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At Jefferson Cardiology, Dr. Michael Nathanson Is Empowering Women to Improve Their Heart Health
By Nancy Kennedy

Women’s heart health differs from that of men in many significant ways, but what the genders have in common is that heart disease is the #1 cause of death for both. There is a tendency for women to give greater attention to breast cancer, and perhaps to fear it more, but the reality is that women are much more likely to develop heart disease than breast cancer. The good news is that heart disease is largely preventable and within one’s own control, and Michael Nathanson M.D., a board-certified cardiologist with Jefferson Cardiology Associates, wants to empower women to take charge of this and improve their heart health.

Women experience heart disease differently, he says. “Women tend to have heart attacks later in life than men,” says Dr. Nathanson. “On average, they have a first attack when they are about ten years older. For women, heart attack is mostly a post-menopause phenomenon.” In addition, says Dr. Nathanson, heart attacks are likely to be deadlier for women – more severe, and more likely to be fatal. There are numerous reasons for this. A primary one is that symptoms of heart disease are often more subtle in women, and as a result, they are less likely to be recognized as heart symptoms. Fatigue, shortness of breath, a general feeling of weakness and nausea are among the symptoms that women often experience, rather than the obvious “classic” squeezing chest pain that radiates to the left arm. Because the more subtle symptoms can also be indicative of other problems, or simply be due to fatigue, women are less likely to seek medical help. Thus, their heart disease goes undetected.

Dr. Nathanson states that when women do seek help in the Emergency Room or at their physician’s office, they may not be treated as aggressively as men are treated. He attributes this to the fact that women’s symptoms are not associated with exertion, as men’s are. The delay in identification of heart disease in women means that when they are finally diagnosed, their disease is more advanced, they are older and they may have acquired additional risk factors that complicate the picture, such as diabetes, or hypertension. This is the reason why heart attacks tend to be deadlier for women. According to the American Heart Association, 26% of women age 45 or older will die in the year following a first heart attack, compared to 19% of men.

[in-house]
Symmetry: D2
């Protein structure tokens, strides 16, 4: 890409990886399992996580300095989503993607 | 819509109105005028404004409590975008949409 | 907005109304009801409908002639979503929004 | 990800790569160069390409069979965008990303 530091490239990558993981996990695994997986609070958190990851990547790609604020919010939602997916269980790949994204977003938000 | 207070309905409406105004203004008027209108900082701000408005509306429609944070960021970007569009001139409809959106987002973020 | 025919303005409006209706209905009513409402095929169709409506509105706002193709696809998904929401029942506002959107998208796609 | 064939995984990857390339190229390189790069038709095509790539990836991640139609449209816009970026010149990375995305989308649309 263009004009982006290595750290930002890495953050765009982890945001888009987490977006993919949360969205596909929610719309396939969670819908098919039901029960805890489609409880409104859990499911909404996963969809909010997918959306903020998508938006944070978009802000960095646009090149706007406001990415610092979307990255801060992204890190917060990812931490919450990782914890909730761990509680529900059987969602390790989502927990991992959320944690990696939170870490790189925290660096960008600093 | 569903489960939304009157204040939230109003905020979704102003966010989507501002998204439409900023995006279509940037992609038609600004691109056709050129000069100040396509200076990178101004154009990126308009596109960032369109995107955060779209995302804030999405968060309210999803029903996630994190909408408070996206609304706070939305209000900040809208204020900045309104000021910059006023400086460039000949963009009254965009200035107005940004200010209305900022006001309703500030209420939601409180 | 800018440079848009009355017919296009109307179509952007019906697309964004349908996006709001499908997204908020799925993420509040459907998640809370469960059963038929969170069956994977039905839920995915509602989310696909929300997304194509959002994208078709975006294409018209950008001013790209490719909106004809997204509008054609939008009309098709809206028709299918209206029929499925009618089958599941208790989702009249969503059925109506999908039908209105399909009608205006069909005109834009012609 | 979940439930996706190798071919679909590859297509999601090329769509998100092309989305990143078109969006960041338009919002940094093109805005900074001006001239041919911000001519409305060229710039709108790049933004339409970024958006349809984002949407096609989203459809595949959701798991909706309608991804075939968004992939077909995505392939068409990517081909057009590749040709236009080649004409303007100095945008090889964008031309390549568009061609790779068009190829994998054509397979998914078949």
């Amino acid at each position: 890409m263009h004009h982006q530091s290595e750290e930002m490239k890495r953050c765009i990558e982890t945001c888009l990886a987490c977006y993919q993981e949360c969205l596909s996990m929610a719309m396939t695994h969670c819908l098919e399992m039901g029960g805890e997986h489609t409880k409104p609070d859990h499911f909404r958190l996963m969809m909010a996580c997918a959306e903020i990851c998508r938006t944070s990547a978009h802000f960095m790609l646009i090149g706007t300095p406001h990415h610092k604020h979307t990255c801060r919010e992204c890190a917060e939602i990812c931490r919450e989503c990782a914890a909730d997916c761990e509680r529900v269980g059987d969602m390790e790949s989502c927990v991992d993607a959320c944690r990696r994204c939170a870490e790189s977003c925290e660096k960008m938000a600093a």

One in four women with heart disease have “microvascular” angina, which means that the tiny arteries in the heart are occluded by plaque. But these small arteries can’t be seen on a cardiac catheterization or CT scan. “We are unable to visualize the decreased blood flow at that microscopic level,” explains Dr. Nathanson. “It actually appears normal. One of the ways we detect microvascular disease is by testing the way blood flow responds to medication; we diagnose it clinically but it’s a difficult diagnosis.”
Risk factors for heart disease include:

  • Family history
  • Sedentary lifestyle
  • Age over 55
  • High blood pressure
  • High blood cholesterol level
  • Diabetes
  • Smoking
  • History of medical problems during pregnancy: gestational diabetes or high blood pressure

Obesity is itself not a primary risk factor, Dr. Nathanson says, unless it is the abdominal, “apple” pattern of fat; obesity is however, related to many of the other risk factors.

Dr. Nathanson emphasizes that a major risk factor is a sedentary lifestyle. “Those who get no regular exercise are at risk for heart disease, but fortunately changing this does not require a major alteration. It only takes a modest amount of exercise to have a significant effect: the AHA recommends a 20-30 minute walk, five times a week. Most people are capable of that. Those who make modest changes actually gain the greatest benefit.”

Women need to become aware that heart disease is a greater risk to them than cancer, and they need to be vigilant about their heart health. Most heart disease is preventable, as it is mostly due to risk factors that can be modified. “You have a lot of control over your heart health,” Dr. Nathanson says. “The same is not true for most other diseases. There are many ways to improve your heart health; one that I recommend, in addition to exercise and healthy eating, is getting a puppy. Pet ownership is associated with reduction of risk.”

To contact Jefferson Cardiology Associates, visit www.jeffersoncardiology.com or call 412- 469-1500.

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